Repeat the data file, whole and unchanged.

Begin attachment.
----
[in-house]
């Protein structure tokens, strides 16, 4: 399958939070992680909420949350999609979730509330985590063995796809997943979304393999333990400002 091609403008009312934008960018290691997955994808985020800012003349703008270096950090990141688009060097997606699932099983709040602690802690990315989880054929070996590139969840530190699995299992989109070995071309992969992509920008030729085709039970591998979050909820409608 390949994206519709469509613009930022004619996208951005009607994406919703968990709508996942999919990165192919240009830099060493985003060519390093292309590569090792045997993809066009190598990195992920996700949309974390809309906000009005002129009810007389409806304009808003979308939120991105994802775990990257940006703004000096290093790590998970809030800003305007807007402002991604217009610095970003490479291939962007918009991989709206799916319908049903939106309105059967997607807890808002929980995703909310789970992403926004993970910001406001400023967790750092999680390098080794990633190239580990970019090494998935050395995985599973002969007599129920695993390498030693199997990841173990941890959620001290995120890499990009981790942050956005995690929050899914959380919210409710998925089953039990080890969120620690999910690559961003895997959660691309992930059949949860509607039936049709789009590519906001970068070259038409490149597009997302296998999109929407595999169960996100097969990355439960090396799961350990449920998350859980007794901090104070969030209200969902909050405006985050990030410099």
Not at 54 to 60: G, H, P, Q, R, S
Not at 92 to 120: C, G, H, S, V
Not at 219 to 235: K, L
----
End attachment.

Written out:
[in-house]
């Protein structure tokens, strides 16, 4: 399958939070992680909420949350999609979730509330985590063995796809997943979304393999333990400002 091609403008009312934008960018290691997955994808985020800012003349703008270096950090990141688009060097997606699932099983709040602690802690990315989880054929070996590139969840530190699995299992989109070995071309992969992509920008030729085709039970591998979050909820409608 390949994206519709469509613009930022004619996208951005009607994406919703968990709508996942999919990165192919240009830099060493985003060519390093292309590569090792045997993809066009190598990195992920996700949309974390809309906000009005002129009810007389409806304009808003979308939120991105994802775990990257940006703004000096290093790590998970809030800003305007807007402002991604217009610095970003490479291939962007918009991989709206799916319908049903939106309105059967997607807890808002929980995703909310789970992403926004993970910001406001400023967790750092999680390098080794990633190239580990970019090494998935050395995985599973002969007599129920695993390498030693199997990841173990941890959620001290995120890499990009981790942050956005995690929050899914959380919210409710998925089953039990080890969120620690999910690559961003895997959660691309992930059949949860509607039936049709789009590519906001970068070259038409490149597009997302296998999109929407595999169960996100097969990355439960090396799961350990449920998350859980007794901090104070969030209200969902909050405006985050990030410099």
Not at 54 to 60: G, H, P, Q, R, S
Not at 92 to 120: C, G, H, S, V
Not at 219 to 235: K, L